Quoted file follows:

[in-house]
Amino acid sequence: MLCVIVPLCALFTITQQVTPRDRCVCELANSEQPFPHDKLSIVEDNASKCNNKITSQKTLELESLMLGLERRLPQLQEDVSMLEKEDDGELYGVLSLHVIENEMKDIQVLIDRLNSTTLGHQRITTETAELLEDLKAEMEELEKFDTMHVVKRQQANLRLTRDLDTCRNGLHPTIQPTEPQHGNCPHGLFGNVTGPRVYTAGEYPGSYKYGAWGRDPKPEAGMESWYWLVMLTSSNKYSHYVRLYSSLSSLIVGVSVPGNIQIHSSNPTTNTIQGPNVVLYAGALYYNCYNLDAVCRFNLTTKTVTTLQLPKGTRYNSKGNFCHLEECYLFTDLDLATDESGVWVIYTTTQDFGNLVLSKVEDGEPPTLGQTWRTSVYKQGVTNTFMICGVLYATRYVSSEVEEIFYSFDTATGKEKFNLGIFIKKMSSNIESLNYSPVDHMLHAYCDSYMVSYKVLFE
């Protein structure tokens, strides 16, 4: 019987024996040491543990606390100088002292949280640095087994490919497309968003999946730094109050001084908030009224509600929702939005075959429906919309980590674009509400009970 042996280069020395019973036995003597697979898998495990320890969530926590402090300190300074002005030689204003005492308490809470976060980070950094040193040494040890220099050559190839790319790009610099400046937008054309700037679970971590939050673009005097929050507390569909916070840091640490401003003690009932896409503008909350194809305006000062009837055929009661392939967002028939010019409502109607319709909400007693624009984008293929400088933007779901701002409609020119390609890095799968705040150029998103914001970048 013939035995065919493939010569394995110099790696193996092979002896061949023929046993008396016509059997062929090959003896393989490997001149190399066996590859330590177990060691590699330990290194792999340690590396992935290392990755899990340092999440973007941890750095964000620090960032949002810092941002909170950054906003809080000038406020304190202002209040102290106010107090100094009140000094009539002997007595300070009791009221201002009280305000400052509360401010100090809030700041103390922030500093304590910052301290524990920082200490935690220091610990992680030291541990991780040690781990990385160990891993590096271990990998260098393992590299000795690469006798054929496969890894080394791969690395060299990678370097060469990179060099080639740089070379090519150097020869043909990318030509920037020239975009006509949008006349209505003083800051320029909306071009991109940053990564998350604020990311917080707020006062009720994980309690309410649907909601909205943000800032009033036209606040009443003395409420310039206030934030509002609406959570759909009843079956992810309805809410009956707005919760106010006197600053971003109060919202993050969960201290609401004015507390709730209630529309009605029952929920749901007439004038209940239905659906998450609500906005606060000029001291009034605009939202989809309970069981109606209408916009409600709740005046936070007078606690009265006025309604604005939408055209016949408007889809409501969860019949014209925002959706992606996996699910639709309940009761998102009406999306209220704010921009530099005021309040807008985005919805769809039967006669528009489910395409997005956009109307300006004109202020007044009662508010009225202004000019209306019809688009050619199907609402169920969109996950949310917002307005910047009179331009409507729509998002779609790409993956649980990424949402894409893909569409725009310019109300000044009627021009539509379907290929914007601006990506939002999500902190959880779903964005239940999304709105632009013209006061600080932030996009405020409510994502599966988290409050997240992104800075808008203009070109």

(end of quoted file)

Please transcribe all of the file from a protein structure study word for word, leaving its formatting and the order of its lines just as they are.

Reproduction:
[in-house]
Amino acid sequence: MLCVIVPLCALFTITQQVTPRDRCVCELANSEQPFPHDKLSIVEDNASKCNNKITSQKTLELESLMLGLERRLPQLQEDVSMLEKEDDGELYGVLSLHVIENEMKDIQVLIDRLNSTTLGHQRITTETAELLEDLKAEMEELEKFDTMHVVKRQQANLRLTRDLDTCRNGLHPTIQPTEPQHGNCPHGLFGNVTGPRVYTAGEYPGSYKYGAWGRDPKPEAGMESWYWLVMLTSSNKYSHYVRLYSSLSSLIVGVSVPGNIQIHSSNPTTNTIQGPNVVLYAGALYYNCYNLDAVCRFNLTTKTVTTLQLPKGTRYNSKGNFCHLEECYLFTDLDLATDESGVWVIYTTTQDFGNLVLSKVEDGEPPTLGQTWRTSVYKQGVTNTFMICGVLYATRYVSSEVEEIFYSFDTATGKEKFNLGIFIKKMSSNIESLNYSPVDHMLHAYCDSYMVSYKVLFE
């Protein structure tokens, strides 16, 4: 019987024996040491543990606390100088002292949280640095087994490919497309968003999946730094109050001084908030009224509600929702939005075959429906919309980590674009509400009970 042996280069020395019973036995003597697979898998495990320890969530926590402090300190300074002005030689204003005492308490809470976060980070950094040193040494040890220099050559190839790319790009610099400046937008054309700037679970971590939050673009005097929050507390569909916070840091640490401003003690009932896409503008909350194809305006000062009837055929009661392939967002028939010019409502109607319709909400007693624009984008293929400088933007779901701002409609020119390609890095799968705040150029998103914001970048 013939035995065919493939010569394995110099790696193996092979002896061949023929046993008396016509059997062929090959003896393989490997001149190399066996590859330590177990060691590699330990290194792999340690590396992935290392990755899990340092999440973007941890750095964000620090960032949002810092941002909170950054906003809080000038406020304190202002209040102290106010107090100094009140000094009539002997007595300070009791009221201002009280305000400052509360401010100090809030700041103390922030500093304590910052301290524990920082200490935690220091610990992680030291541990991780040690781990990385160990891993590096271990990998260098393992590299000795690469006798054929496969890894080394791969690395060299990678370097060469990179060099080639740089070379090519150097020869043909990318030509920037020239975009006509949008006349209505003083800051320029909306071009991109940053990564998350604020990311917080707020006062009720994980309690309410649907909601909205943000800032009033036209606040009443003395409420310039206030934030509002609406959570759909009843079956992810309805809410009956707005919760106010006197600053971003109060919202993050969960201290609401004015507390709730209630529309009605029952929920749901007439004038209940239905659906998450609500906005606060000029001291009034605009939202989809309970069981109606209408916009409600709740005046936070007078606690009265006025309604604005939408055209016949408007889809409501969860019949014209925002959706992606996996699910639709309940009761998102009406999306209220704010921009530099005021309040807008985005919805769809039967006669528009489910395409997005956009109307300006004109202020007044009662508010009225202004000019209306019809688009050619199907609402169920969109996950949310917002307005910047009179331009409507729509998002779609790409993956649980990424949402894409893909569409725009310019109300000044009627021009539509379907290929914007601006990506939002999500902190959880779903964005239940999304709105632009013209006061600080932030996009405020409510994502599966988290409050997240992104800075808008203009070109």